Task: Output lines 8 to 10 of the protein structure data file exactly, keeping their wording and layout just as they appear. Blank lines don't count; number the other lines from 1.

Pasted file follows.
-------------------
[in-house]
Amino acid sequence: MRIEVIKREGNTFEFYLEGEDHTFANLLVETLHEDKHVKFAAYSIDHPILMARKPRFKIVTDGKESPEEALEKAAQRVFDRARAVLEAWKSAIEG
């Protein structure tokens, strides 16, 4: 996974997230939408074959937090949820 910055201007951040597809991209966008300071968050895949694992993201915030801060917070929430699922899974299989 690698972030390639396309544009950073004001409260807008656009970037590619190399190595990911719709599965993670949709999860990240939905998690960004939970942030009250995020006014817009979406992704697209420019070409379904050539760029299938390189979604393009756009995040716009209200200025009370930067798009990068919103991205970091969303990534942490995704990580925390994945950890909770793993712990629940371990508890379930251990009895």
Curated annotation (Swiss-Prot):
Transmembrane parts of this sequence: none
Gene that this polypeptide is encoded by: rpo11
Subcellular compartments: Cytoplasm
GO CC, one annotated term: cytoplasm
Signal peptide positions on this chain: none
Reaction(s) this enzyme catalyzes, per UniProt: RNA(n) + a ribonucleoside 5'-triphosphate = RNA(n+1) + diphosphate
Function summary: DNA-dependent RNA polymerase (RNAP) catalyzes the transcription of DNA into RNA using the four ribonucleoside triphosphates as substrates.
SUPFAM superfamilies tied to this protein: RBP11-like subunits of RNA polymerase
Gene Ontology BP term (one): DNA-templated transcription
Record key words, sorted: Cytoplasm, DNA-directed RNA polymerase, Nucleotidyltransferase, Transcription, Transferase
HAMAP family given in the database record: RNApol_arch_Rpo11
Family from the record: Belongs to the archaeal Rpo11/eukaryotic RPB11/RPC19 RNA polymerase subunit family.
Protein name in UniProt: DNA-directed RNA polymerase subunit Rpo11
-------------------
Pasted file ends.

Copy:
GO CC, one annotated term: cytoplasm
Signal peptide positions on this chain: none
Reaction(s) this enzyme catalyzes, per UniProt: RNA(n) + a ribonucleoside 5'-triphosphate = RNA(n+1) + diphosphate